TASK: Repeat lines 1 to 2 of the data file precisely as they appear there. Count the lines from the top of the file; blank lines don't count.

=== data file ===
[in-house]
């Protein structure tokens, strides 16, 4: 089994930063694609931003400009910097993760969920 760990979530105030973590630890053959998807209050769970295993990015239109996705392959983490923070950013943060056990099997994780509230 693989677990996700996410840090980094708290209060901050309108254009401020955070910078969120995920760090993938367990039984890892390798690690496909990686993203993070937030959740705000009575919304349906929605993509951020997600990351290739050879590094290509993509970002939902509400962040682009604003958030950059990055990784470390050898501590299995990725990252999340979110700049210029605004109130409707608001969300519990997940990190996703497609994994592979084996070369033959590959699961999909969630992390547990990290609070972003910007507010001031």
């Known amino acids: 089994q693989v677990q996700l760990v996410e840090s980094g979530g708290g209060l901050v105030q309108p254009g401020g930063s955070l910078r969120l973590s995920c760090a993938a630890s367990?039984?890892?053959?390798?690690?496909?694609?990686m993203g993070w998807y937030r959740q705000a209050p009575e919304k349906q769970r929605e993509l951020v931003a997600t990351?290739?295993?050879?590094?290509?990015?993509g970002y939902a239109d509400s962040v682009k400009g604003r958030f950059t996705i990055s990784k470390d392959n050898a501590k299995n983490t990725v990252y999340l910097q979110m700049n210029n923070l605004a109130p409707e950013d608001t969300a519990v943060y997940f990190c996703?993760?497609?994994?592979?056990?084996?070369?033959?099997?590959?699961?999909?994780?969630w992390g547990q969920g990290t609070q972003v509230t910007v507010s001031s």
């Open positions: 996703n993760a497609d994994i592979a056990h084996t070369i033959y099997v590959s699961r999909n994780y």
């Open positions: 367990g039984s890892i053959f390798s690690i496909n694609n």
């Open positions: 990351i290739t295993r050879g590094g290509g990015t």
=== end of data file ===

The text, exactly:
[in-house]
């Protein structure tokens, strides 16, 4: 089994930063694609931003400009910097993760969920 760990979530105030973590630890053959998807209050769970295993990015239109996705392959983490923070950013943060056990099997994780509230 693989677990996700996410840090980094708290209060901050309108254009401020955070910078969120995920760090993938367990039984890892390798690690496909990686993203993070937030959740705000009575919304349906929605993509951020997600990351290739050879590094290509993509970002939902509400962040682009604003958030950059990055990784470390050898501590299995990725990252999340979110700049210029605004109130409707608001969300519990997940990190996703497609994994592979084996070369033959590959699961999909969630992390547990990290609070972003910007507010001031």